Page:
The question of whether hydroponic production can be certified as organic now rests with a panel of federal appeals court judges, who seemed to be inclined to affirm a lower court decision allowing such certification.

The Center for Food Safety and organic farming operations have been challenging the Agriculture Department’s decision to allow products from hydroponic operations to attain organic certification. They contend that soil fertility is an integral, and required, element of organic farming, and not requiring it for hydroponic operations gives them an advantage over organic growers who must meet a raft of requirements to be certified. Last year, a federal district court judge backed USDA.

But CFS attorney Sylvia Wu encountered a couple of skeptical judges on the three-judge panel, who questioned whether the law establishing the organics program expressly prohibits hydroponic operations from being certified as organic.

“This appeal is about whether soil building is an essential component for organic crop production in this country,” Wu said. “The answer is yes — the word organic and organic farming refers to soil organic matter."

Organic crop production plans require that organic farmers build soil fertility, she said.

But Senior Circuit Judge Susan Graber quoted the Organic Foods Production Act of 1990 as specifying that “if a production or handling practice is not prohibited or otherwise restricted,” it is permitted unless it is inconsistent with the organic certification program.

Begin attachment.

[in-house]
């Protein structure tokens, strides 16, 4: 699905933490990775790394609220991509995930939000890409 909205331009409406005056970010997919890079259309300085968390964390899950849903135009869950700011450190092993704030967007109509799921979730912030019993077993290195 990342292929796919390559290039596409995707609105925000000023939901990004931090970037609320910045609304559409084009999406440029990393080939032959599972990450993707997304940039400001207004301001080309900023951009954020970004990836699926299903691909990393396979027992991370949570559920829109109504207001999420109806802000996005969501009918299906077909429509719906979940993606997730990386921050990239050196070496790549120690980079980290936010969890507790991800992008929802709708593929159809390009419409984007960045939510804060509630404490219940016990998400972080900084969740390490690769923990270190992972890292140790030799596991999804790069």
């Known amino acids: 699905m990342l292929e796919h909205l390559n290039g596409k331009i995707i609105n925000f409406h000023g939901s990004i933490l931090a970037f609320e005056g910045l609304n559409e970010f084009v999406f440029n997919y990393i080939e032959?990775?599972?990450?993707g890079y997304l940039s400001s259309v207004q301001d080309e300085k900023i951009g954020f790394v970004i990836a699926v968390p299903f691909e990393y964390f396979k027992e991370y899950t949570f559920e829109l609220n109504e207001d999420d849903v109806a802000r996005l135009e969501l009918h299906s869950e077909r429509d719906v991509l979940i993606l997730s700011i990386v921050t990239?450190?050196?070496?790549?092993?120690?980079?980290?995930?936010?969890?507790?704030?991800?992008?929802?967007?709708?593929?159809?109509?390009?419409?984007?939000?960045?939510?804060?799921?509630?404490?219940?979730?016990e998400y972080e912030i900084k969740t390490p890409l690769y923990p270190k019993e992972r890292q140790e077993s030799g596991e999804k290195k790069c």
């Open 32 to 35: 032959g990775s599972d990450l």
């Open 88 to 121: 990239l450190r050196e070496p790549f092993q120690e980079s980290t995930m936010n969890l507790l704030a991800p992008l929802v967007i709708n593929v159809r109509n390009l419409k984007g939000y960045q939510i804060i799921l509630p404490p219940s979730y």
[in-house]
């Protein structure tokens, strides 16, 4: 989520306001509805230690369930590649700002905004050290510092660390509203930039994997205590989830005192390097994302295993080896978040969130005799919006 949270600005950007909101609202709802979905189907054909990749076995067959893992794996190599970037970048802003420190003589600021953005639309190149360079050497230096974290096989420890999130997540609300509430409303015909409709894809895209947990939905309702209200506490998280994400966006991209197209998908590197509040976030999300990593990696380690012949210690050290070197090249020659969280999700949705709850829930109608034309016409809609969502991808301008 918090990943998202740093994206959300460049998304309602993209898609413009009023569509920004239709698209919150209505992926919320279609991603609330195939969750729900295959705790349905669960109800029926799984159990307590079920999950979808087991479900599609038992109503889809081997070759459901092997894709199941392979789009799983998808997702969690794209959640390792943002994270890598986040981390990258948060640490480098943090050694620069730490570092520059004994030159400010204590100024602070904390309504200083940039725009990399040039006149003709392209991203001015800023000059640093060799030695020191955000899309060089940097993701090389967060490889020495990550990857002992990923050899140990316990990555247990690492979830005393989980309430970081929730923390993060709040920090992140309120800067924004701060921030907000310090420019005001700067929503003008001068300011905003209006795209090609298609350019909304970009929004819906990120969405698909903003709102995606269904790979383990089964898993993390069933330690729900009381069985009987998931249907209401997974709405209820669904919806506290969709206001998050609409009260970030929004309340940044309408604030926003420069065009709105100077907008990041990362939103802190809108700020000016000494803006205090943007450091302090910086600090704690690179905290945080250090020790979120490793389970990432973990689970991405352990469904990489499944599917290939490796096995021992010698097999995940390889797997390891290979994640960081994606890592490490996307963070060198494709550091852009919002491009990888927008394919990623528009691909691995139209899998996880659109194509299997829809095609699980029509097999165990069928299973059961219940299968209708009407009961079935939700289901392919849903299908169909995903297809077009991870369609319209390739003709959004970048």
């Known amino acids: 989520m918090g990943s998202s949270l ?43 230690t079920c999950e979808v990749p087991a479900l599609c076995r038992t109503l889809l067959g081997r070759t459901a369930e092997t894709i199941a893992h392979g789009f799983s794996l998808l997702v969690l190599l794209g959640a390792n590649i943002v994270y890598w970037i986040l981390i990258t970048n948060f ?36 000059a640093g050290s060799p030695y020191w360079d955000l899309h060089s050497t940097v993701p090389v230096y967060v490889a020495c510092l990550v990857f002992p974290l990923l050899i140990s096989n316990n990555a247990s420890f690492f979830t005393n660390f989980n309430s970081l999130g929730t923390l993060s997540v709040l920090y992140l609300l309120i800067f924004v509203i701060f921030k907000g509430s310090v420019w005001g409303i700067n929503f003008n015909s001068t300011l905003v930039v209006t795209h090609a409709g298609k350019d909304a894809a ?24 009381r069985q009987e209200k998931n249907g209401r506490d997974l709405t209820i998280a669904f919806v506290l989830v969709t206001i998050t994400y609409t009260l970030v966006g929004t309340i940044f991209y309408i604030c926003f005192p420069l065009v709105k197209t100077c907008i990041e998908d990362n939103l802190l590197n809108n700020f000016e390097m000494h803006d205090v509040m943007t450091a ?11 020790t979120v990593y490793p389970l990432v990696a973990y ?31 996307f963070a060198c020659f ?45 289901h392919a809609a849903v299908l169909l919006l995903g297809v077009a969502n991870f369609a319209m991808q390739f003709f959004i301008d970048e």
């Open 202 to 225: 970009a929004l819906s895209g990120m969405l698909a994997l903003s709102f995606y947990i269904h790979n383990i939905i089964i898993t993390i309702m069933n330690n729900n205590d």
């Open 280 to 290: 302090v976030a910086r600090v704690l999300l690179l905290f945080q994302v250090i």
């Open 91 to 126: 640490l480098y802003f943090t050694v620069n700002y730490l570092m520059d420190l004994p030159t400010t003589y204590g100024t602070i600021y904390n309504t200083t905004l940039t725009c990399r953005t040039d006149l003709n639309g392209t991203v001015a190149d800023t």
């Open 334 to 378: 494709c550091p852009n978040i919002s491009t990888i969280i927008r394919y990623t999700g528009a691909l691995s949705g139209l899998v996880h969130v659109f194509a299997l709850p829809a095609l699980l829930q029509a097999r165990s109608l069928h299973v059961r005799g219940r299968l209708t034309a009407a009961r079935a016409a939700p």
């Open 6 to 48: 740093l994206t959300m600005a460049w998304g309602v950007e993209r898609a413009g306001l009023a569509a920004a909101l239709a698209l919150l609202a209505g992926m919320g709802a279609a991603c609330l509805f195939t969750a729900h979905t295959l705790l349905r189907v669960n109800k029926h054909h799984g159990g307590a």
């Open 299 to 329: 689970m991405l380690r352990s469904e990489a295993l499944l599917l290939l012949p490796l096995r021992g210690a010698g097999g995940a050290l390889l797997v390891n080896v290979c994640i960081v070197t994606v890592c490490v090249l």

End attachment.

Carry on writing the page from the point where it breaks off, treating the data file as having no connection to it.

Court of International Trade Judge Miller Baker, sitting on the panel by designation, questioned why hydroponics cannot be considered organic by virtue of its use of a medium without soil.

“Isn't it true that simply by not using soil, ... hydroponic farming actually fosters fertility because it's not depleting the soil?” he asked.

Wu, however, said that while “it's possible that one can construe it that way,” that was not USDA’s reasoning when it denied a petition submitted by CFS and others in 2019 that asked USDA to “prohibit organic certification of hydroponic operations that do not work with or build soil,” as CFS has said.

“USDA just waived the requirements,” Wu said, and concluded “it doesn't matter whether or not hydroponic productions foster soil fertility,” as is required of the organic farming operations she represents.

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Justice Department attorney Daniel Winik said the case “presents the basic question of whether the statute compels the conclusion that hydroponically grown crops can't be certified as organic.”

The statute, he said, “doesn't compel that conclusion. There's no basis for the court to set aside the denial of the rulemaking petition or require the revocation of all existing organic certifications for hydroponically grown crops as plaintiffs suggest.”

“The soil fertility requirement applies to crop production farm plans,” Winnik said. “As my friend noted, the statute doesn't define such plans; we know that they apply only to the production of crops on farms.” 

Winik also noted that the OFPA does not define “farm,“ but “does provide a very good indication of what is meant by the word ‘farm’ standing alone, which is that when it defines a certified organic farm as a term of art, it defines it to mean ‘a farm, or portion of a farm, or site where agricultural products or livestock are produced.’”

His conclusion: “If you were thinking about in which of those buckets a hydroponic operation fits, it’s obviously far more natural to consider it a site where agricultural products are produced than to consider it a farm.”

The third jurist on the panel, Circuit Judge John Owens, did not ask any questions. 

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